Sweets and website content are best served in bite-sized portions.

Cake pops. Brownie bites. M&M minis. These small sweets are both cute and bite-sized, which makes them fun and easy to eat. Hungry yet?

Your content should be in bite-sized portions as well. Breaking up paragraphs makes it easier to read and will help increase your retention rates.

The rule that a paragraph must contain at least three sentences doesn’t apply in web writing. Smaller paragraphs will help you get straight to the point, making it easier for your audience to understand your message.


To do:

Look at your analytics and find your 10 most visited articles. Do you have large blocks of text, or short paragraphs with a lot of white space?

If you chose the first answer, you have some room for improvement. Fortunately, you won’t have to change any of the words to make it easier to read. Go into the edit mode and experiment with breaking up the long paragraphs. Try doubling the number of paragraphs and see how it turns out.

Of course, the paragraph breaks still need to make sense – you shouldn’t break up ideas or thoughts in the middle of an explanation. Hopefully you’ll find that you can use them to your advantage to emphasize certain points you’re trying to make.

Once you’ve gotten a handle on breaking up paragraphs, implement this tactic in your other sections of the website if you have time. At the very least, remember this tip and commit to breaking up your future content into bite-sized pieces.

(Note: If you’re nervous to try this out on your most visited articles, you can try it first with your least visited pages. The purpose of editing your most visited content is because you want people to see your best work.)

How to improve the necessary evil of forms


Don’t turn away potential subscribers, donors, or volunteers with long forms.

Have you ever adopted a pet? Or attempted to? You might be really excited to adopt a pet, but once you start filling out all the forms you may question why you decided to go this route instead of just going to a pet store.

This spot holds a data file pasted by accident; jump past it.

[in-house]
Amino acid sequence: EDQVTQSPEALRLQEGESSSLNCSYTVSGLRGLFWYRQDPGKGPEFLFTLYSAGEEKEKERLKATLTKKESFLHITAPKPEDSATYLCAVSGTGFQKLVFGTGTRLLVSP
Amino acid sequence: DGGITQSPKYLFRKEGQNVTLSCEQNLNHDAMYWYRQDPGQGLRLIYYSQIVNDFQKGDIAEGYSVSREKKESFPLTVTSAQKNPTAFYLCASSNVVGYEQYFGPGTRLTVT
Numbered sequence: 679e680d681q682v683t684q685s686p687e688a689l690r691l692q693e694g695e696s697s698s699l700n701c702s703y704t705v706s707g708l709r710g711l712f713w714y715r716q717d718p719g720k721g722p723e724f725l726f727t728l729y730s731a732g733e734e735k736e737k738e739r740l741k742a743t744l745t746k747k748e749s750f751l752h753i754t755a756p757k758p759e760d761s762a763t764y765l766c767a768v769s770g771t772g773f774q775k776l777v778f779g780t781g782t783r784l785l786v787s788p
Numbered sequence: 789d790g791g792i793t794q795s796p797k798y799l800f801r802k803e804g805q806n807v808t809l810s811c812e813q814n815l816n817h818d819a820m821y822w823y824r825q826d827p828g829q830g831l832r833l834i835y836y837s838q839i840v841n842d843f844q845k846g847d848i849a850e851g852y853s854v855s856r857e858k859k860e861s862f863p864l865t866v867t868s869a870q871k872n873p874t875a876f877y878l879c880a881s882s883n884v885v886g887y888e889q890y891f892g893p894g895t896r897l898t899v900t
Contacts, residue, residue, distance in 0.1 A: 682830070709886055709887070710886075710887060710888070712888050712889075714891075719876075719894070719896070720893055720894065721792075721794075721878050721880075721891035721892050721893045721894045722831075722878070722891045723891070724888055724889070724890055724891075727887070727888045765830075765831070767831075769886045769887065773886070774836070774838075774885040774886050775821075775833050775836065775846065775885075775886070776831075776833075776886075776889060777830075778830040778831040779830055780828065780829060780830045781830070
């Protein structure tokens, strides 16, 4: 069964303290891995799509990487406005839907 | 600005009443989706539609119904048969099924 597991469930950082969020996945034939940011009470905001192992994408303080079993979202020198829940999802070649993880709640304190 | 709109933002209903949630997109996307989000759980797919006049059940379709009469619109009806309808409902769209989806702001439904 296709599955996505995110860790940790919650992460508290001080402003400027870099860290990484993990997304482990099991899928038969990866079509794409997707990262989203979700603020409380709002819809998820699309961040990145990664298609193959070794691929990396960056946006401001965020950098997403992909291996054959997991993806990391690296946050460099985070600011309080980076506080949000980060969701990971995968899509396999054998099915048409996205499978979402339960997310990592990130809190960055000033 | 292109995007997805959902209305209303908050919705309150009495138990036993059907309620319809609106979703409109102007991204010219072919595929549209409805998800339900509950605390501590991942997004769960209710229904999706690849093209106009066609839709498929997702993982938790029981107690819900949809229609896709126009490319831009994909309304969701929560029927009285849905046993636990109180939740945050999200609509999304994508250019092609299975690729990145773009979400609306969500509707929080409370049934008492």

You don’t want this to happen to your website visitors. If they are about to sign up for an event, download a resource, or donate, the last thing you want is for them to second guess why they’re about to take action and leave your page before they’re done filling out the form.


To do:

  • Reduce the number of fields to the absolute minimum. For email sign-up forms, don’t include more than three fields. The more fields you have, the less likely people will fill them out. Make sure you actually use all the information you collect. If you don’t use it, get rid of the field.
  • Keep the number of optional fields to a minimum, and eliminate them altogether if you can. It doesn’t always register that there are optional fields – people see a long form and dread having to fill it out, even if half of it is optional.
  • If some fields are required and others are optional, make sure the required fields are clearly marked.
  • Consider asking for additional information after someone signs up. For example, if you’d like to segment your e-newsletter by interest, ask about their interests in an automatic email after they’ve subscribed.
  • Embed forms within your articles and announcements if possible. For example, if you’re announcing an event, embed the registration form at the end of the page. This reduces the number of steps to taking action.

PDFs are killing your reputation


If you write a report and no one reads it, what is the point of writing it?

Almost one third of PDF reports produced by the World Bank have never been downloaded. Another 40% have been downloaded fewer than 100 times.

This Washington Post article suggests that “the solutions to all our problems may be buried in PDFs that nobody reads.”

And don’t think for a second that you’re the exception.

PDFs are not very web-friendly. Their purpose is to retain formatting (mainly for printing), and they can be a useful tool to bridge the offline and online worlds. However, their usefulness has serious limitations, especially as more people access the web through their mobile devices.

PDFs make it hard for visitors to search for information and aren’t very SEO-friendly. People using mobile devices or tablets will have to download the PDF before they can view the information – a task that many are unwilling to do even  on their desktop.

That means that the resources spent researching, organizing, writing, and formatting information for PDF documents are largely going to waste. If you write a report and no one reads it, what is the point of writing it?

When you write a report you may have a vision that the information will help people solve problems. The truth is, the information is hidden away like the change in your couch cushions. Information in a report that you think will make an impact and be shared widely among your networks will likely go unnoticed.

If your organization uses PDFs, you also need to use other ways to share the information.


To do:

Think: Why do you use PDFs on your site?

If the main purpose of using PDFs is so people can print information and tools (such as activities, agendas, worksheets, etc.), PDFs can still be a good option because you’re using them for the purpose they were designed for. However, you need to make sure that you have a good description of the document so your visitors understand what kind of resource they’re downloading. For large files, it also helps to include a few highlights from the document on the download page.